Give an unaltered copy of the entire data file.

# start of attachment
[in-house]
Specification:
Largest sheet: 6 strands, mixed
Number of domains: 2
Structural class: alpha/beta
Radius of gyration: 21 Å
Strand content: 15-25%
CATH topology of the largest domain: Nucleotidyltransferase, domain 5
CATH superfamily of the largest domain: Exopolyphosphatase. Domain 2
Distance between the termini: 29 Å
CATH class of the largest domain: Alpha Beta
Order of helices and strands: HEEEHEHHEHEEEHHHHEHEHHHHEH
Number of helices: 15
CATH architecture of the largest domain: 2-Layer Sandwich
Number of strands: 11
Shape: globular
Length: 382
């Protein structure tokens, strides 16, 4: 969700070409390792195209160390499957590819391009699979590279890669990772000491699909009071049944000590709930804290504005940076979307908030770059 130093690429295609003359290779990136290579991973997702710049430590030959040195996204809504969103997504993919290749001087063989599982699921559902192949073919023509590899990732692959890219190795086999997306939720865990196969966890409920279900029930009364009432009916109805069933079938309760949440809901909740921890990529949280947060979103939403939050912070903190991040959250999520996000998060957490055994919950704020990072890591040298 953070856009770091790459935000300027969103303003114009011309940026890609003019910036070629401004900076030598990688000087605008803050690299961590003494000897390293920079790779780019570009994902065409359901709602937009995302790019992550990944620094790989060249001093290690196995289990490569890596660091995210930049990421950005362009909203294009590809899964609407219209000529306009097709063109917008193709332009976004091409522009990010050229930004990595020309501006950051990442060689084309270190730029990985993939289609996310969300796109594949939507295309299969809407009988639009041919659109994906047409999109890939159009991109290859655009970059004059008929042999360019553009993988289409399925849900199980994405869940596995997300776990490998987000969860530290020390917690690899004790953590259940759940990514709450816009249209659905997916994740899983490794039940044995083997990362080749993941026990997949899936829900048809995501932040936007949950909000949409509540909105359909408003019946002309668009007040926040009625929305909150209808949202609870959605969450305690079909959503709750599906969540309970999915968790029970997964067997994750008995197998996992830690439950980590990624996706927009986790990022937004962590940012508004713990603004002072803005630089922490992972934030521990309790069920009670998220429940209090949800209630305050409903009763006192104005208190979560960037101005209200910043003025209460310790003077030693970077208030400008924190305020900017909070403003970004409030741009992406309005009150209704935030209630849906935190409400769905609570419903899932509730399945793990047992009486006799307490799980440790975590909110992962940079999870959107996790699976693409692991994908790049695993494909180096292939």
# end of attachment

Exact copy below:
[in-house]
Specification:
Largest sheet: 6 strands, mixed
Number of domains: 2
Structural class: alpha/beta
Radius of gyration: 21 Å
Strand content: 15-25%
CATH topology of the largest domain: Nucleotidyltransferase, domain 5
CATH superfamily of the largest domain: Exopolyphosphatase. Domain 2
Distance between the termini: 29 Å
CATH class of the largest domain: Alpha Beta
Order of helices and strands: HEEEHEHHEHEEEHHHHEHEHHHHEH
Number of helices: 15
CATH architecture of the largest domain: 2-Layer Sandwich
Number of strands: 11
Shape: globular
Length: 382
């Protein structure tokens, strides 16, 4: 969700070409390792195209160390499957590819391009699979590279890669990772000491699909009071049944000590709930804290504005940076979307908030770059 130093690429295609003359290779990136290579991973997702710049430590030959040195996204809504969103997504993919290749001087063989599982699921559902192949073919023509590899990732692959890219190795086999997306939720865990196969966890409920279900029930009364009432009916109805069933079938309760949440809901909740921890990529949280947060979103939403939050912070903190991040959250999520996000998060957490055994919950704020990072890591040298 953070856009770091790459935000300027969103303003114009011309940026890609003019910036070629401004900076030598990688000087605008803050690299961590003494000897390293920079790779780019570009994902065409359901709602937009995302790019992550990944620094790989060249001093290690196995289990490569890596660091995210930049990421950005362009909203294009590809899964609407219209000529306009097709063109917008193709332009976004091409522009990010050229930004990595020309501006950051990442060689084309270190730029990985993939289609996310969300796109594949939507295309299969809407009988639009041919659109994906047409999109890939159009991109290859655009970059004059008929042999360019553009993988289409399925849900199980994405869940596995997300776990490998987000969860530290020390917690690899004790953590259940759940990514709450816009249209659905997916994740899983490794039940044995083997990362080749993941026990997949899936829900048809995501932040936007949950909000949409509540909105359909408003019946002309668009007040926040009625929305909150209808949202609870959605969450305690079909959503709750599906969540309970999915968790029970997964067997994750008995197998996992830690439950980590990624996706927009986790990022937004962590940012508004713990603004002072803005630089922490992972934030521990309790069920009670998220429940209090949800209630305050409903009763006192104005208190979560960037101005209200910043003025209460310790003077030693970077208030400008924190305020900017909070403003970004409030741009992406309005009150209704935030209630849906935190409400769905609570419903899932509730399945793990047992009486006799307490799980440790975590909110992962940079999870959107996790699976693409692991994908790049695993494909180096292939």